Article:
The White House’s annual economic report included a digital assets section on March 20. The authors deserve praise. I agree with the report that parts of the digital asset ecosystem are harming consumers, financial systems, and the environment. As a digital asset builder, I disagree that “crypto assets currently do not offer widespread economic benefits.”
The White House report’s omissions reveal how it will regulate digital assets. The report’s “Top Ten Crypto Derivative Platforms by Open Interest” list was particularly outdated. BingX, Deepcoin, and BTCC Futures were offshore.
Most digital asset proponents agree with the report that these exchanges are untrustworthy and open interest is easily manipulated, but it’s irrelevant. Why the White House report focused on offshore exchanges with no checks and balances and no US users is the real question.
It’s telling that they ignore the largest derivatives product available to U.S. users, the Chicago Mercantile Exchange’s Bitcoin 27,605 and Ether $1,758 futures, which have been vetted and approved by the Commodities Futures Trading Commission to launch safely and regulated (CME).
The CME, which complies with all U.S. laws and regulations, recently launched Micro Bitcoin and Micro Ether futures, allowing retail investors to trade a safe, regulated, and U.S.-based futures derivative product. Could it be because the CME only lists commodities, casting doubt on the SEC’s classification of ETH as a security?
The White House platforms also lack crypto-native investor recognition. Another omission is telling. There are few derivative exchanges on the market, and none of them seem to have filled the void left by FTX.
The White House report ignores Deribit, the largest options exchange by volume and open interest. The Netherlands-based company is transparent and focused on education and outreach. Why was it excluded? In order to portray digital assets as risky, the White House is excluding legitimate businesses from the derivative platform list.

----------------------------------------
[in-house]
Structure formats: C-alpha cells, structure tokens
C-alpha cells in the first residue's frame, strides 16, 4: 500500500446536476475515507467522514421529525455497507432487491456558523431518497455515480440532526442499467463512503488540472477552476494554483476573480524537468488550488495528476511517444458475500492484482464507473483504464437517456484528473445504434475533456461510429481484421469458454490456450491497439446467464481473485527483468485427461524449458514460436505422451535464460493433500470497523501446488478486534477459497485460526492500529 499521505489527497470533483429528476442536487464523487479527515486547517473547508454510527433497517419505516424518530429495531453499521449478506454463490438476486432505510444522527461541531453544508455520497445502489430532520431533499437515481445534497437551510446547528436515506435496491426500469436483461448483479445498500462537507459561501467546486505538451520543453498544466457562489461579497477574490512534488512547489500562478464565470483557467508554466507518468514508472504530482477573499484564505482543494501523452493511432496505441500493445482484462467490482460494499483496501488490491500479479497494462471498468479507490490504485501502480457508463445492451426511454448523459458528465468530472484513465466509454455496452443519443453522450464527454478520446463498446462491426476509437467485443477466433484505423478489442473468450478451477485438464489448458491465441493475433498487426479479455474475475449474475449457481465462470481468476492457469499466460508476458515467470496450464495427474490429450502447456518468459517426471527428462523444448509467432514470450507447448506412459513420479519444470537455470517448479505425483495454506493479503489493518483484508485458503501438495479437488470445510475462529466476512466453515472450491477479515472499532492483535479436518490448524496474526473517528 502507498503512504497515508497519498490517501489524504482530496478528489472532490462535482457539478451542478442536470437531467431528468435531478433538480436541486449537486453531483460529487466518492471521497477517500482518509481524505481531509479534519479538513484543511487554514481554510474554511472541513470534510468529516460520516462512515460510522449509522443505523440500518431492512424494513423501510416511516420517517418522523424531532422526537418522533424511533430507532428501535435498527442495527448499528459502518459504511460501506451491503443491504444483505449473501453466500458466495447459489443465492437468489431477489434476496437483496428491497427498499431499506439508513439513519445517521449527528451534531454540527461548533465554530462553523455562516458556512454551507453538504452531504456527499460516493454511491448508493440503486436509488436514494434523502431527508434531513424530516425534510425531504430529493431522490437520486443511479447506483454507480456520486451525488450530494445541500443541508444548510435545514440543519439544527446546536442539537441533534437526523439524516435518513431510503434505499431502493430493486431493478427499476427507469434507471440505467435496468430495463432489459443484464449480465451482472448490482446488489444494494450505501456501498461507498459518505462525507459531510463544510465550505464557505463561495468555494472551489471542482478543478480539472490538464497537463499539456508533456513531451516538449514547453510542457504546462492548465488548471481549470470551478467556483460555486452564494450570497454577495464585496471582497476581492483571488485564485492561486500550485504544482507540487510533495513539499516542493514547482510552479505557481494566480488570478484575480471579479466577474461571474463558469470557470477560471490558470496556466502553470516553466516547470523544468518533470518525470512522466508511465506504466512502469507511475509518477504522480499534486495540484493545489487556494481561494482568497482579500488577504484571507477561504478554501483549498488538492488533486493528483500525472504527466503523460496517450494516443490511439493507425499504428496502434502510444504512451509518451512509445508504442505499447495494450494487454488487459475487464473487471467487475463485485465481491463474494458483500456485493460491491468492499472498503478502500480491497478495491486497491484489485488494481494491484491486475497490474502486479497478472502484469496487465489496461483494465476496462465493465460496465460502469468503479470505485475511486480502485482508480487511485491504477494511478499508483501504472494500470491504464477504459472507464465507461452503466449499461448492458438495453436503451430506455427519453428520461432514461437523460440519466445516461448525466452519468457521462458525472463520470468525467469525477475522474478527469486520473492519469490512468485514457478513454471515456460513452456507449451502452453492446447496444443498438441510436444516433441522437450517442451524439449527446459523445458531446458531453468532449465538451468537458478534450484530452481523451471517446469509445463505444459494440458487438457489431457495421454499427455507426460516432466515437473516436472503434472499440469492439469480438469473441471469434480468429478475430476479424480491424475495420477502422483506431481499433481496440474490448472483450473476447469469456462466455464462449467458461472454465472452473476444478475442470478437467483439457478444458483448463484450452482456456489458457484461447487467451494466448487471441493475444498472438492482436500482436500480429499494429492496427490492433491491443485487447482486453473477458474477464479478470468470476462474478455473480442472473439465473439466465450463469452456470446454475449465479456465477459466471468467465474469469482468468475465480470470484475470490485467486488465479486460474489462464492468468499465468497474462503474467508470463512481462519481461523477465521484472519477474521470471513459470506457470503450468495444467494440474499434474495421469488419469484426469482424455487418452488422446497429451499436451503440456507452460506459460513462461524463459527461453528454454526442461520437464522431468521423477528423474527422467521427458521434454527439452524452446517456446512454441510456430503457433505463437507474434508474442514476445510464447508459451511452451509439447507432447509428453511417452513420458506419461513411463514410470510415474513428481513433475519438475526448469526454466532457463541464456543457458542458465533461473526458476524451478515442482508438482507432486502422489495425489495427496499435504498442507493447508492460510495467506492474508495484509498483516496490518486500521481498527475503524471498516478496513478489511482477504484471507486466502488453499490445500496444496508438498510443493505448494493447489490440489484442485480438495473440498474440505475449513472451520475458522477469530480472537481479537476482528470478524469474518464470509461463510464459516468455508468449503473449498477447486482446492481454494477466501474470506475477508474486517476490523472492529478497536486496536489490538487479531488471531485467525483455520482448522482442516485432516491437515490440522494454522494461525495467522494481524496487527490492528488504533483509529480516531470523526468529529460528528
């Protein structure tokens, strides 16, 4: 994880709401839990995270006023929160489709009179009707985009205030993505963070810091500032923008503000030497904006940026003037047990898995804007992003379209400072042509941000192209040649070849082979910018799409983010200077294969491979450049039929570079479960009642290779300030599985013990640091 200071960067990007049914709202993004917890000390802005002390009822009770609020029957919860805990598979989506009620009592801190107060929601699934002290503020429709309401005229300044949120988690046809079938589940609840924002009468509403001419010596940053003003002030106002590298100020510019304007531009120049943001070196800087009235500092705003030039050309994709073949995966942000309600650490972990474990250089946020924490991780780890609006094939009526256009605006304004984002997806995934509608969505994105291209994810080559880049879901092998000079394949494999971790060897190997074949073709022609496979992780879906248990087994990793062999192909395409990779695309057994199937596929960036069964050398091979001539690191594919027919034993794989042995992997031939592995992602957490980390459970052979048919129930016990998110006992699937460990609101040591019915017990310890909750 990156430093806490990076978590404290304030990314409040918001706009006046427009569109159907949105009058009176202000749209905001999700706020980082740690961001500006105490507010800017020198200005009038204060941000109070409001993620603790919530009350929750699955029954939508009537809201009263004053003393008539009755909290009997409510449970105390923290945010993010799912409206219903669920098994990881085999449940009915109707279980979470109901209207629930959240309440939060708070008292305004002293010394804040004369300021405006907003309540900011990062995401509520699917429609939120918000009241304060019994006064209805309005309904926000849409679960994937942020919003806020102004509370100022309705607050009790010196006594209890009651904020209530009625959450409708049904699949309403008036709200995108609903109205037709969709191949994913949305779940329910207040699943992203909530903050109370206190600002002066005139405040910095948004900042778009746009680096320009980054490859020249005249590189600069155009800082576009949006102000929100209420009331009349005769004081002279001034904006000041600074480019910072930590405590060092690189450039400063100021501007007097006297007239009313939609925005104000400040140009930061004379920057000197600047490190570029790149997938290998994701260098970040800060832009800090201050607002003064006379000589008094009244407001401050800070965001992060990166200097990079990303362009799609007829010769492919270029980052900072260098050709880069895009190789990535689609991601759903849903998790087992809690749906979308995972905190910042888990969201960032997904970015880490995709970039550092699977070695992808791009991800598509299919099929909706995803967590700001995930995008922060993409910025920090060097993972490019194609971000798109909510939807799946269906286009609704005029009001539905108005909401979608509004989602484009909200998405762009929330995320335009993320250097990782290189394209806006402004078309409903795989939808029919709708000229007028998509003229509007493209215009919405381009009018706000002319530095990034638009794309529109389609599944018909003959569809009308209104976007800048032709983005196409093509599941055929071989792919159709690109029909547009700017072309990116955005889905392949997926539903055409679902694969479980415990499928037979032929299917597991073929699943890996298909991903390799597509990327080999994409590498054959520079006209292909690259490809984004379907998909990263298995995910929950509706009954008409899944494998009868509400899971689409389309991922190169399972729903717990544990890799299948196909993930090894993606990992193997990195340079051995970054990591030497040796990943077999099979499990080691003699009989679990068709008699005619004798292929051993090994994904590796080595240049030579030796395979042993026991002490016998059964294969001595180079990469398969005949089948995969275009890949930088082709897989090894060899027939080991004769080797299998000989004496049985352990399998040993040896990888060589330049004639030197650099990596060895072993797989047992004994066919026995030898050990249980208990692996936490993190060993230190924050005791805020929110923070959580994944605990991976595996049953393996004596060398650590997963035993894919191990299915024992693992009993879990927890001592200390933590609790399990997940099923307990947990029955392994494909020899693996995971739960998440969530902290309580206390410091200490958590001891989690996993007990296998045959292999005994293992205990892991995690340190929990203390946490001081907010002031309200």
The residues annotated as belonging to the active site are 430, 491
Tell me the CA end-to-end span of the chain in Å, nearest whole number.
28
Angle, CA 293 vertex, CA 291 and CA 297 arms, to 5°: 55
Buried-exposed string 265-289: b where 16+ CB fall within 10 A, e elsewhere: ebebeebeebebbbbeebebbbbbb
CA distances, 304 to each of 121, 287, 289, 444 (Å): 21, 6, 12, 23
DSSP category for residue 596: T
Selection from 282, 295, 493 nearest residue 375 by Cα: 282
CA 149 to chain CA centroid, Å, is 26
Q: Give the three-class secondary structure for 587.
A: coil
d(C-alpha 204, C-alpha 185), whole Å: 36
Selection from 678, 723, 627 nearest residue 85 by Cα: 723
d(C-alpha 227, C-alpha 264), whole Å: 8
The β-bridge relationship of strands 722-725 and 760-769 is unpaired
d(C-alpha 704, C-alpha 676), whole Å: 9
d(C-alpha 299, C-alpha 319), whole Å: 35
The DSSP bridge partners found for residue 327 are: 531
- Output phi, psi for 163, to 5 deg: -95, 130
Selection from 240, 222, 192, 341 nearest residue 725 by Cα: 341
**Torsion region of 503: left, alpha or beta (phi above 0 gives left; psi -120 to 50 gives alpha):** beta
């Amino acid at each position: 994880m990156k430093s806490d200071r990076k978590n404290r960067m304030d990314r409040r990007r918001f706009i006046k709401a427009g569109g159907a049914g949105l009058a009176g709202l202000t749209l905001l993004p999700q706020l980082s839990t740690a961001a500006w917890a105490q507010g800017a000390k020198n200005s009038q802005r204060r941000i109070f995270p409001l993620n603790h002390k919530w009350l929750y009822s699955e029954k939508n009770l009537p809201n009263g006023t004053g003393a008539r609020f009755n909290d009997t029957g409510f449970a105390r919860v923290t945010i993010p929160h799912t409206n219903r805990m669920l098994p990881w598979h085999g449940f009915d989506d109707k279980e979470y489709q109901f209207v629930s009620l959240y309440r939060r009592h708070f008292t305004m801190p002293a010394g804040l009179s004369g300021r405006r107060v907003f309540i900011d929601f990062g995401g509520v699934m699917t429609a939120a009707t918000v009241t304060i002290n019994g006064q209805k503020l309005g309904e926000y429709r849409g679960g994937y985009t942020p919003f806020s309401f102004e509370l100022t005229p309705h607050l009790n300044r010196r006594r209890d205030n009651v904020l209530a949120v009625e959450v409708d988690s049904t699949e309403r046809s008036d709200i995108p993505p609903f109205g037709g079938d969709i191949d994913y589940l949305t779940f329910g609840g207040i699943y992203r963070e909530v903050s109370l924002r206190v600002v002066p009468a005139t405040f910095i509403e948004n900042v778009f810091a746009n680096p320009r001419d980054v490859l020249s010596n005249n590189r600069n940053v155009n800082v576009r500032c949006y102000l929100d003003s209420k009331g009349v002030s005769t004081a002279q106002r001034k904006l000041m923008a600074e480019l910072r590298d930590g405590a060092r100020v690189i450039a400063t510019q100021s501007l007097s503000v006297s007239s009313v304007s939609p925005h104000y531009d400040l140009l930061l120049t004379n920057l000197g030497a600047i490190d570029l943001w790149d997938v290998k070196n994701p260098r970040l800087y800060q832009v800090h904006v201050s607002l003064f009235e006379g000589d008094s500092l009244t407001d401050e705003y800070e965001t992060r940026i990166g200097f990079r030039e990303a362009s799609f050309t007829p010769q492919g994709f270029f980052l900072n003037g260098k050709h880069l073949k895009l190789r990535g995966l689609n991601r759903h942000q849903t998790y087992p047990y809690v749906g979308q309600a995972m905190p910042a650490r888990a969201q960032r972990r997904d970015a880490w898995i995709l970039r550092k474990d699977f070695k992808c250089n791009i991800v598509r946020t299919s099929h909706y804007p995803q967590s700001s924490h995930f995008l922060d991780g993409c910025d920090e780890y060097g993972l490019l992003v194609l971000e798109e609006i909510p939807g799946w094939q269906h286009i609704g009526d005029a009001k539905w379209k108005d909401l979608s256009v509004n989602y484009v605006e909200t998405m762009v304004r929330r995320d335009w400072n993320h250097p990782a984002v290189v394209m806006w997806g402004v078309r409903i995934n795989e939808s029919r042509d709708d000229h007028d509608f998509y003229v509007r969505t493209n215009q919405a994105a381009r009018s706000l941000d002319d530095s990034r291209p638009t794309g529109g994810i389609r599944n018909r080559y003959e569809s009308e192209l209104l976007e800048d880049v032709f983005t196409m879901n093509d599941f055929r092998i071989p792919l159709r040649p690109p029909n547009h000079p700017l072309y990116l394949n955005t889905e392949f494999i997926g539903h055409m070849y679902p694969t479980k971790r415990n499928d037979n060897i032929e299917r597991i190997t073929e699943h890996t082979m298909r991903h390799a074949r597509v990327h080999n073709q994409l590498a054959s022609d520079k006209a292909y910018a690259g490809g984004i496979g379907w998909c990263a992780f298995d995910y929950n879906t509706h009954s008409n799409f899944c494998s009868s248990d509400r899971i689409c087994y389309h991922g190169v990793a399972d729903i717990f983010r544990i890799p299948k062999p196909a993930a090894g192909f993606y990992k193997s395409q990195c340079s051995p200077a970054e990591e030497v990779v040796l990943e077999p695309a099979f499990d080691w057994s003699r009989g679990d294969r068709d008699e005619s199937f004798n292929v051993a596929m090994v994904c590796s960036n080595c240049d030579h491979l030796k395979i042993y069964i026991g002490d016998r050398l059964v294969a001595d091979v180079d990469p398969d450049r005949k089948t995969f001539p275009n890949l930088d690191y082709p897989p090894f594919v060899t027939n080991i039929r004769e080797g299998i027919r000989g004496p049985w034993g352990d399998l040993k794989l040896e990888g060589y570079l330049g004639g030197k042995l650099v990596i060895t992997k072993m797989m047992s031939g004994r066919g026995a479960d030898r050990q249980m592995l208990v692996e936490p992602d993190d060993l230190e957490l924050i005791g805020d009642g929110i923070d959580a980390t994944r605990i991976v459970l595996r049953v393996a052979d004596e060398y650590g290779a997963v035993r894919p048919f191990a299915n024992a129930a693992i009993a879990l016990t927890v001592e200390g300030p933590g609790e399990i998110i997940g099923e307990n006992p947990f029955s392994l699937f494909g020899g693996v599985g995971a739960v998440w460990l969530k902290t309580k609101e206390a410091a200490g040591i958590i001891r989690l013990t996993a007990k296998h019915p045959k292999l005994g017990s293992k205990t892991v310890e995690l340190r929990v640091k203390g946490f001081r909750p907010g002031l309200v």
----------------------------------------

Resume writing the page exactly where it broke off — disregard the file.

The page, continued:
Futures and options are essential to financial systems. A thriving digital asset economy with derivatives and options markets would benefit the U.S. and White House. I agree that the White House report exchanges are risky. The White House is overlooking decentralized finance, a transparent, noncustodial, cryptographically secure, and open-source alternative that cannot be ignored (DeFi).
DeFi users control their funds, so there are no “entities” to regulate. Most DeFi requires collateral and limits leverage: Unlike fractional reserve banking, lending protocols are overcollateralized and instantly auditable.
The U.S. SEC and CFTC’s unclear regulations stifle derivatives innovation. Most DeFi protocols should follow self-regulatory organizations like the Financial Industry Regulatory Authority to protect users. Any industry needs clear regulations, but enforcement stifles innovation. As a digital asset builder, I see how the lack of clarity is making it impossible for any U.S.-based entity to enter the U.S. market.
Digital asset advocates know about financial crises. Most of us experienced the post-2008 bank deregulation hellscape. We want to build a transparent, secure financial infrastructure from scratch. Offshore centralized exchanges are the new shadow banks, and DeFi is encrypted mathematically.
DeFi builders want the most secure financial system ever. We empower global citizens, not private banks or runaway financiers. We’ll work with governments, central banks, and regulators, despite U.S. regulators’ opinions. We need to know you’re arguing honestly.